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An Age Old Dilemma: What Is Better, Beer or Whiskey?

NOW WITH POLL GOODNESS:

We talk a lot about beer and whiskey on this site, and we extol the virtues of each one.  The virtues are many, and every once in a while I get a clunker that is used to clean the drain in the sink, but mostly these two beverages are sweet and wonderful.  It got me to thinking…Which one is better?

Now I know intrinsically it is like comparing apples and race cars but when we break it down a legitimate comparison can be made.  First both need an outstanding source of water.  It is no accident that California, Colorado, Pennsylvania, Wisconsin, Michigan, Oregon, and Washington have so many great breweries.  They have great water that is the backbone of great beer.  Same too with whiskey, but a little different.  Whiskey needs purified water that is devoid of most minerals.  That is why so many whiskeys are distilled in Kentucky.  This is America’s largest concentration of naturally occurring water that flows over limestone, creating a water that is naturally pure and devoid of the minerals that can compromise the flavor of a whiskey.  Of course we can now make this water anywhere, so we are seeing the trend of micro-distilleries cropping up all across the country…

Then there is the grain.  Beer uses barley mostly, where Whiskey uses very little barley, and leans heavily on Corn and Rye or Wheat.  Now Rye and Wheat can also be found in some beers, and it makes for an interesting flavor combination, but they aren’t primary ingredients like they are in Whiskey.  However it can legitimately be said that they are both made with grains.

Finally there is the yeast.  Both beverages need those little critters to do their thing during fermentation to create the alcohol that flavors the beverage and gives it that buzz factor we all enjoy.

So which one takes the checkered flag here?  Beer is a very diverse beverage by comparison to Whiskey.  Whiskey has several flavor variations be they scotch, Irish or Bourbon, but there is no way they are as diverse as beer.  That said, the distilling process of whiskey makes it have that heat and sweetness that is just amazing.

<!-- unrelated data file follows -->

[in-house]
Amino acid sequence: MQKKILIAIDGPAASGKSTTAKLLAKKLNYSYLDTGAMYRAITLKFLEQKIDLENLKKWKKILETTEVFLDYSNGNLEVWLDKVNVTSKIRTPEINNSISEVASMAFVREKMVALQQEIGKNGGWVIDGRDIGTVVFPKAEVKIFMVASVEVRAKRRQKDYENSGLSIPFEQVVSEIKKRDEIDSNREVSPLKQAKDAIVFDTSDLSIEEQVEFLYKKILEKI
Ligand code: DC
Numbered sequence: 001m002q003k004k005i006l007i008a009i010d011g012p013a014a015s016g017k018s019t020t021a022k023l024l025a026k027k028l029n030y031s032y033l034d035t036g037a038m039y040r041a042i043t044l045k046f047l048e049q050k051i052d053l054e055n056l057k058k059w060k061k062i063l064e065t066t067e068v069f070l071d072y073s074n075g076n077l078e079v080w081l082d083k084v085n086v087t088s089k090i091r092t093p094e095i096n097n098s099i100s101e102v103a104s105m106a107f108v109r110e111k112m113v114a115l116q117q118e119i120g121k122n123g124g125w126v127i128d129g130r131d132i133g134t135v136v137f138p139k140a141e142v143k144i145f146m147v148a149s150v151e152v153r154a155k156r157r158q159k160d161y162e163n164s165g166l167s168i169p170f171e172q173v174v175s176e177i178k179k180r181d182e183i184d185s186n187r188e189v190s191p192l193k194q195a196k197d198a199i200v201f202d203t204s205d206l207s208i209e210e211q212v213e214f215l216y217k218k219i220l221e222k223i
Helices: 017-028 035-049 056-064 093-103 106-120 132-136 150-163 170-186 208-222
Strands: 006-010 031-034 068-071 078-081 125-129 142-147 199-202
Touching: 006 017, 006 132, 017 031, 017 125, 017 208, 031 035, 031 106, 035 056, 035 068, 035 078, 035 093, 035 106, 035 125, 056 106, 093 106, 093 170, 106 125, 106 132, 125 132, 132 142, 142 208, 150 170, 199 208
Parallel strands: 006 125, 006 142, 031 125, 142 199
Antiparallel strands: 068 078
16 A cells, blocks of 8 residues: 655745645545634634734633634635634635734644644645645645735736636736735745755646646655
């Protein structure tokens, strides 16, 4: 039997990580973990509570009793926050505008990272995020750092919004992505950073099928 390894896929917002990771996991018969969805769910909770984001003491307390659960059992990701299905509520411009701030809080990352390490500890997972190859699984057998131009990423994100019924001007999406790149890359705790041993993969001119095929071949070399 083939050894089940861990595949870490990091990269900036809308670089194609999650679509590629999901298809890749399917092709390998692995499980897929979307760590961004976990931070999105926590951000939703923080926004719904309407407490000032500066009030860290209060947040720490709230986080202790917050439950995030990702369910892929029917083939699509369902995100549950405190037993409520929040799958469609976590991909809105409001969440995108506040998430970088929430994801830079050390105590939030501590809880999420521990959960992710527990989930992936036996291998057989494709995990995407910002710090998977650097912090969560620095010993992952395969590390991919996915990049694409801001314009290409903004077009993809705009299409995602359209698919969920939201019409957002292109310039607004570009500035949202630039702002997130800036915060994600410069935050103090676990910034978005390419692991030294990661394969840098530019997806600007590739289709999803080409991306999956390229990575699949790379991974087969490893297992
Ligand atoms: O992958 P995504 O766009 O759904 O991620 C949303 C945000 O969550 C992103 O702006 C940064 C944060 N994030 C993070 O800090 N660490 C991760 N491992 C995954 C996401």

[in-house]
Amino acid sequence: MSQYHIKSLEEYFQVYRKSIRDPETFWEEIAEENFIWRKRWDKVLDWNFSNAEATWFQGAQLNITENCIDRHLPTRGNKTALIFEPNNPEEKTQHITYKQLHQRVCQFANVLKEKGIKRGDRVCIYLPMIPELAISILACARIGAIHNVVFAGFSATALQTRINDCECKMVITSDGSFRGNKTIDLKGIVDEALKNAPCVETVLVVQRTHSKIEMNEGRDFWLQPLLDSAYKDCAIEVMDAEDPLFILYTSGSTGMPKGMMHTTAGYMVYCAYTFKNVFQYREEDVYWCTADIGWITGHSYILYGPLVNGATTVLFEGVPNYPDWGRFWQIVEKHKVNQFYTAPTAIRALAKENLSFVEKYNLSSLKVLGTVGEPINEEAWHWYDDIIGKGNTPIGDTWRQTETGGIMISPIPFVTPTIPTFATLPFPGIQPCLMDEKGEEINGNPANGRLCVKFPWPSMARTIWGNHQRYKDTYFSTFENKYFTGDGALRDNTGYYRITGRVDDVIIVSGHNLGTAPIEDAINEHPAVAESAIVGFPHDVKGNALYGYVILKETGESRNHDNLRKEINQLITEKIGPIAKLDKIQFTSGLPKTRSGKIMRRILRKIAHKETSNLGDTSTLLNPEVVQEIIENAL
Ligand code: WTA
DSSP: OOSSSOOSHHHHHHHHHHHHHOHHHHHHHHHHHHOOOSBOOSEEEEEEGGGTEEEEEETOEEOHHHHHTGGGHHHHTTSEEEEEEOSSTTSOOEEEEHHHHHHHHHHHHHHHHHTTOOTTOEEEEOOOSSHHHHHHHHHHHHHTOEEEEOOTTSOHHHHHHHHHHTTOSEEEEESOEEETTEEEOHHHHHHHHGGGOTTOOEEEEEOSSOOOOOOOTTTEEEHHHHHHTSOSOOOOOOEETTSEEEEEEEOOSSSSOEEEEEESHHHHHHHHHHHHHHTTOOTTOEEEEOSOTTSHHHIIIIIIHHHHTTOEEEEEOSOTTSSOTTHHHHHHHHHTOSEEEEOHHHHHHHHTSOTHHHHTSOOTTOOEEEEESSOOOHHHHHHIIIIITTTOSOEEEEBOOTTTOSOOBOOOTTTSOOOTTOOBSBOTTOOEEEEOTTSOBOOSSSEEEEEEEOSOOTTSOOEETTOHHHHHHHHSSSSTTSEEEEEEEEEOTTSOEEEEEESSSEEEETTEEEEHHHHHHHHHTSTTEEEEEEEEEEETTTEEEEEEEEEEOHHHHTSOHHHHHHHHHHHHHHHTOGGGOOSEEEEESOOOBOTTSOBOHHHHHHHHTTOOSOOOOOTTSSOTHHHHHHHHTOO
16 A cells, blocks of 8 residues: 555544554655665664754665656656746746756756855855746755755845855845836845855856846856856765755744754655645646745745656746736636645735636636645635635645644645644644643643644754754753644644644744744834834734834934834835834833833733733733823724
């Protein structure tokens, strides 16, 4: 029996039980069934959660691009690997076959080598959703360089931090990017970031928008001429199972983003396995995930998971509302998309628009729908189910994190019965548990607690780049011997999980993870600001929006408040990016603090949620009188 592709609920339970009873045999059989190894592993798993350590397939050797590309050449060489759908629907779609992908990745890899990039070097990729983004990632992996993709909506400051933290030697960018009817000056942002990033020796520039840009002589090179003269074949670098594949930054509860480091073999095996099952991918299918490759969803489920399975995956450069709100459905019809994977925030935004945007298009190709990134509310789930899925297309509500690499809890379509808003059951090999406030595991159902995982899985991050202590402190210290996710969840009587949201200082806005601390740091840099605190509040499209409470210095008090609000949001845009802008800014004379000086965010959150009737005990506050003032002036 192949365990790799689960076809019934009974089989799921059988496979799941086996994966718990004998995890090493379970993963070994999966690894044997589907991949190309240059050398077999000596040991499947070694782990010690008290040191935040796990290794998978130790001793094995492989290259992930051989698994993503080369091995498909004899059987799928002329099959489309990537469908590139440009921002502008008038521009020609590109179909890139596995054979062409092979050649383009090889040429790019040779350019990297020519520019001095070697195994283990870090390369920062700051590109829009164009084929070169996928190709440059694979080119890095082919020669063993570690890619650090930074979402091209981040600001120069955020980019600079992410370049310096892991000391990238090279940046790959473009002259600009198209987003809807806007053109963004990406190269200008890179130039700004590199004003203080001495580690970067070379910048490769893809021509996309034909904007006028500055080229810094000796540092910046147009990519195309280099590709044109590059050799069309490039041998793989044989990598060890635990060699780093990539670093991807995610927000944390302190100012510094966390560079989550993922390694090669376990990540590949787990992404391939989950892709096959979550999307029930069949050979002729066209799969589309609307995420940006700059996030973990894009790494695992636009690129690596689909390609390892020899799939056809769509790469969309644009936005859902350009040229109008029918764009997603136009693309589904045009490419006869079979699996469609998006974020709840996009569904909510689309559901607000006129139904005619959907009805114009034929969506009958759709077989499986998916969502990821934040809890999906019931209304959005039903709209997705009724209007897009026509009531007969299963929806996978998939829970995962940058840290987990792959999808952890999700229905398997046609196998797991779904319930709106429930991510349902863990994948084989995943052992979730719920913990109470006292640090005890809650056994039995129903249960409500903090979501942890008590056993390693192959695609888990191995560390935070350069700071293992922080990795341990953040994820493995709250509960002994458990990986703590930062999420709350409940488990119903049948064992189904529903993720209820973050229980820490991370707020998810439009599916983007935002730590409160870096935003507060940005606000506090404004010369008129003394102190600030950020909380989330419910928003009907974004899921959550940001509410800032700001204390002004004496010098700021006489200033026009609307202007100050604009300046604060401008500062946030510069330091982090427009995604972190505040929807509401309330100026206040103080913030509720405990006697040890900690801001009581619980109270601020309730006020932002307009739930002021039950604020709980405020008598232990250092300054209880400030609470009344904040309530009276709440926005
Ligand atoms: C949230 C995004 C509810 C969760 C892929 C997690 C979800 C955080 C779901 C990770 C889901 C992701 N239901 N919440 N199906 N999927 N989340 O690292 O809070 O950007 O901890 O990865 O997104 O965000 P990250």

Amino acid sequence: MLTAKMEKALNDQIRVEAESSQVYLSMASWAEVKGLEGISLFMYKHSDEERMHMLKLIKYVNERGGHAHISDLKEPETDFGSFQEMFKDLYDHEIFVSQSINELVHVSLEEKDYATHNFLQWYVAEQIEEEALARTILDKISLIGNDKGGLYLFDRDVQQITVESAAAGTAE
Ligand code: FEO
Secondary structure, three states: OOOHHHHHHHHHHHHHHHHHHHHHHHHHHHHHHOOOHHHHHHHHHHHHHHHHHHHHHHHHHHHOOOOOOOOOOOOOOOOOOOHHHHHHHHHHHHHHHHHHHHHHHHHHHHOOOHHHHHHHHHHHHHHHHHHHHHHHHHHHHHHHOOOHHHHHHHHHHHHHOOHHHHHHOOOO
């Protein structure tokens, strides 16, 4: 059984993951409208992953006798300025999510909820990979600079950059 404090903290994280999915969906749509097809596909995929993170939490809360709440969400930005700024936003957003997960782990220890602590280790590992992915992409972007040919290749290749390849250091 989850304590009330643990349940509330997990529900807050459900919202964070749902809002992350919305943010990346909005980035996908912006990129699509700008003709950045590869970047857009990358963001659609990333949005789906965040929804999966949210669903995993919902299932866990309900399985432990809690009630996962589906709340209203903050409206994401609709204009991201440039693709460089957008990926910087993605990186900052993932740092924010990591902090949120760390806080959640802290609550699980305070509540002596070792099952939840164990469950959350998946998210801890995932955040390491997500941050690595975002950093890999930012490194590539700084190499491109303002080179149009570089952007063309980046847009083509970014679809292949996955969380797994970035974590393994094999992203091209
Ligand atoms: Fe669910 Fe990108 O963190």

I think you all know where I stand, and that Whiskey will get my vote, but Beer is a very close second, and the variety and the affordability of beer make it a great everyday beverage.  I can drink Whiskey everyday too, but without the exploration that can be done on a daily basis with beer.

So what do you think?  Is beer better, or does whiskey get your vote?  If you were on an island and could only have one drink, what would it be?  Like I said I’m going whiskey, but I’m interested to hear where you land.  Let us know in the comments.

-Don

 

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35 Comments on “An Age Old Dilemma: What Is Better, Beer or Whiskey?”

  1. October 13, 2010 at 11:48 am #

    Beer.

    Next!

    • Don
      October 13, 2010 at 11:49 am #

      At least you are transparent.

  2. Rob Crozier
    October 13, 2010 at 12:07 pm #

    For me, its beer. I do enjoy a whiskey from time to time but beer offers a wide variety of tastes and flavors that a glass of whiskey does not.